The fund is self-liquidating, through a combination of on-market sales and its Equity Buy Out program, which enables homeowners to progressively attain full equity ownership over the life of the fund. Distributions are paid to investors when a home is sold or equity is purchased by the homeowner.

Superannuation funds are early in their investment journey with attainable housing models, however it is expected this will occur in the not-too-distant future, mirroring the pathway of M&G and Legal & General in the UK, who offer similar shared ownership solutions.

Strong diversified returns (different from the landlord model)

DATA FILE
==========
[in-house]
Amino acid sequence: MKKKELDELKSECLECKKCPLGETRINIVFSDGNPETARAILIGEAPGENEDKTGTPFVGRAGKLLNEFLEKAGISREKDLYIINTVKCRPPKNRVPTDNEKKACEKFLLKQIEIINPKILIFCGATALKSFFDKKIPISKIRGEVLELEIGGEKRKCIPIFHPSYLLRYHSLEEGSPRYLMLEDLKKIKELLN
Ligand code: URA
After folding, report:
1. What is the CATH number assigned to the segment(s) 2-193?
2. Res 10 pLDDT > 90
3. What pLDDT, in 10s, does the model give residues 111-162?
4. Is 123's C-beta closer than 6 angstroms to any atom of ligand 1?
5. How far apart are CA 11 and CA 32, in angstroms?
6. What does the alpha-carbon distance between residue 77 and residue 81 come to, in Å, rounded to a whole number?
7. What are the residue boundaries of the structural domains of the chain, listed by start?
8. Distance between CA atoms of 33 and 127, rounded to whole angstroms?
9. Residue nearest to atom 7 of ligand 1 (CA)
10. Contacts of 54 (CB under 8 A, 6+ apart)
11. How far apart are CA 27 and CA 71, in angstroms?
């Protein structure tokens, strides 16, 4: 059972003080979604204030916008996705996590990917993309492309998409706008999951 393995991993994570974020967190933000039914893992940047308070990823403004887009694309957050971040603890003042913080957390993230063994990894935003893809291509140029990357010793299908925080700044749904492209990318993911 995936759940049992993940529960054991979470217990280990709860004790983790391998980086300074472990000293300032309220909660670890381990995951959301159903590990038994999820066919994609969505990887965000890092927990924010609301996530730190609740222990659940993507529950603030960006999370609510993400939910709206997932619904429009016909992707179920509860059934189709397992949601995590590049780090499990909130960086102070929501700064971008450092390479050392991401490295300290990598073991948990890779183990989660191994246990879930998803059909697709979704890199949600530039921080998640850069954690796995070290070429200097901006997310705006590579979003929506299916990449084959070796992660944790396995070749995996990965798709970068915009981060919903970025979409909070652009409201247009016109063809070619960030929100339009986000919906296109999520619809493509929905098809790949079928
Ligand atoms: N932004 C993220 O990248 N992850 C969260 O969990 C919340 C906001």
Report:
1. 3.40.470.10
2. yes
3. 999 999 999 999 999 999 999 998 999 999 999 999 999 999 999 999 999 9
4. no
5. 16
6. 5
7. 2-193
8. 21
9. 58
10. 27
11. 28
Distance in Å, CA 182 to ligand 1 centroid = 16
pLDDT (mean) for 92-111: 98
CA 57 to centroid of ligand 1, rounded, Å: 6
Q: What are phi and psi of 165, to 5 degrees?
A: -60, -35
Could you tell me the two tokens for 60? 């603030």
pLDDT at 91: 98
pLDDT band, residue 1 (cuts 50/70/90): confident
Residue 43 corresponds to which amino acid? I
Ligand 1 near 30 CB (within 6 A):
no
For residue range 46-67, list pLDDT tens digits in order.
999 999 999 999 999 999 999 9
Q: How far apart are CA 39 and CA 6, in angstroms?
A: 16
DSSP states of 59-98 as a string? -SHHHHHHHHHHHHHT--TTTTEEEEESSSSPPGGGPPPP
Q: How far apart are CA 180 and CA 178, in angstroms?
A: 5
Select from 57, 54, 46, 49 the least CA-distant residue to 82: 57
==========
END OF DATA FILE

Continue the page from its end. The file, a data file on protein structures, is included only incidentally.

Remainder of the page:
While build to rent, based around the traditional landlord, has been a favoured solution in the UK and the US, research from LongView and PEXA see Figure 1) shows importing offshore models is unlikely to be effective in the Australian context because of Australia’s relatively high capital growth and lower yields. (Figure 1).

Figure 1: Property Compound Annual Growth Rate (CAGR) (1986-2021) and Yield (2021) – selected cities comparison

A major benefit of shared equity solutions for investors is they provide private markets with access to the owner-occupied segment of the residential property asset class, as opposed to a tenant/landlord segment. This distinction is important, as data from CoreLogic suggests that capital growth in owner-occupied properties outperforms tenanted investment properties.

Looking at the Sydney housing market in the chart below, since 1970 on a rolling 5-year basis there have been no negative returns and the market has delivered an average annualised return of 9%.  Over that period, the market outperformed HOPE’s forward looking model assumption 75% of the time.